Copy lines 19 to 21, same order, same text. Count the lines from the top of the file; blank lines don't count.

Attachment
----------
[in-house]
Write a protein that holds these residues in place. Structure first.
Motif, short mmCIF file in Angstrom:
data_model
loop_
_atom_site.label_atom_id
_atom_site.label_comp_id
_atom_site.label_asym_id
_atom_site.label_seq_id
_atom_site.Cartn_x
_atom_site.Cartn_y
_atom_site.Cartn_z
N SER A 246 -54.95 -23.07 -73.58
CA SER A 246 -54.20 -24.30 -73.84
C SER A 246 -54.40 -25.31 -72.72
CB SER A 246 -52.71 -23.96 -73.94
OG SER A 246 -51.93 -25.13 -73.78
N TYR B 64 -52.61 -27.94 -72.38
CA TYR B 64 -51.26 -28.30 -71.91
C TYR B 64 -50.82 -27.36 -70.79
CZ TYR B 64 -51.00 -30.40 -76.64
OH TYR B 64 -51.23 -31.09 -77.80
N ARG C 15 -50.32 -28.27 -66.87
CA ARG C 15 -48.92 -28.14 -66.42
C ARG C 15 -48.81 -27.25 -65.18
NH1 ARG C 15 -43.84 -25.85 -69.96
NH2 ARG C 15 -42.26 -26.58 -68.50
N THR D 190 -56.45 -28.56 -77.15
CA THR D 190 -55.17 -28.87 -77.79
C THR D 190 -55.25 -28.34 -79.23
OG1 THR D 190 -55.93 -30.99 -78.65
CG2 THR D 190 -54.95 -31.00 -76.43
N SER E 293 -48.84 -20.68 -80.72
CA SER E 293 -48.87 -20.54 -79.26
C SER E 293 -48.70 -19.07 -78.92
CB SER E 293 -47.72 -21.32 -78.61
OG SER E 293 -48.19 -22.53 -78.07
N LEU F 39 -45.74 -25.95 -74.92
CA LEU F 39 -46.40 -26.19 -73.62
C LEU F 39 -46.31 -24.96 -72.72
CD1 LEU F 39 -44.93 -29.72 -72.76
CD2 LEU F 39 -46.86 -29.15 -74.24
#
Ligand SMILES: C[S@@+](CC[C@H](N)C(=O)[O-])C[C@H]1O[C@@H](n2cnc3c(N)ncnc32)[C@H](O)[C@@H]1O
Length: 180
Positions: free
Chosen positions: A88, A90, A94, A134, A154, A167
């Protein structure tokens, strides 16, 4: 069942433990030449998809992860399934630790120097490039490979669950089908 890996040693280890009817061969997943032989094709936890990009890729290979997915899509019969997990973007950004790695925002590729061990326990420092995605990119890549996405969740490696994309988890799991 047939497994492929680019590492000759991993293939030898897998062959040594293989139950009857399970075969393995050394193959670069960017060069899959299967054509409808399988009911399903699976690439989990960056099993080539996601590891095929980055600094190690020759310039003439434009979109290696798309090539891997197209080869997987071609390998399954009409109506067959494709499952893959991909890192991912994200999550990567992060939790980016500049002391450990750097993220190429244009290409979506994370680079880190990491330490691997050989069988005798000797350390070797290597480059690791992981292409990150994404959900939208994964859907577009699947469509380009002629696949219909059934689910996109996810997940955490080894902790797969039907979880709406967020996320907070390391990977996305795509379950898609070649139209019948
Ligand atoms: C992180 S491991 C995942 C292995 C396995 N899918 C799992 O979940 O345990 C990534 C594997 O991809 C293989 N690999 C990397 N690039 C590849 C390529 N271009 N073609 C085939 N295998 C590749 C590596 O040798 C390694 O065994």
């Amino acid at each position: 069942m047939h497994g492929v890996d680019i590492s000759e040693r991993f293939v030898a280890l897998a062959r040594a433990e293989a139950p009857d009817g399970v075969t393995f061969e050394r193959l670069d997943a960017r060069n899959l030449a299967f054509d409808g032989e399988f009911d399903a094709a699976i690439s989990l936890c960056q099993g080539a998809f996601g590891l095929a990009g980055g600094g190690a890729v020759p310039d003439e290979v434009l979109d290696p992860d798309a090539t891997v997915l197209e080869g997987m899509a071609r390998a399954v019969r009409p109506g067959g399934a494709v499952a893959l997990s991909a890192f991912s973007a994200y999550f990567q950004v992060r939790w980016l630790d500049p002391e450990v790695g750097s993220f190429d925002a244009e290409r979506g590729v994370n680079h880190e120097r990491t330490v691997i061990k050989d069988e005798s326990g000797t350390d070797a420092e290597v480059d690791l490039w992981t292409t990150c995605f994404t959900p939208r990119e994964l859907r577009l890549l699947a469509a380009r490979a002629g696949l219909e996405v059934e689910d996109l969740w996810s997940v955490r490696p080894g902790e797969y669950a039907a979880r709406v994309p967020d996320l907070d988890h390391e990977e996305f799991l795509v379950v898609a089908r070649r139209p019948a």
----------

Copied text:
CA TYR B 64 -51.26 -28.30 -71.91
C TYR B 64 -50.82 -27.36 -70.79
CZ TYR B 64 -51.00 -30.40 -76.64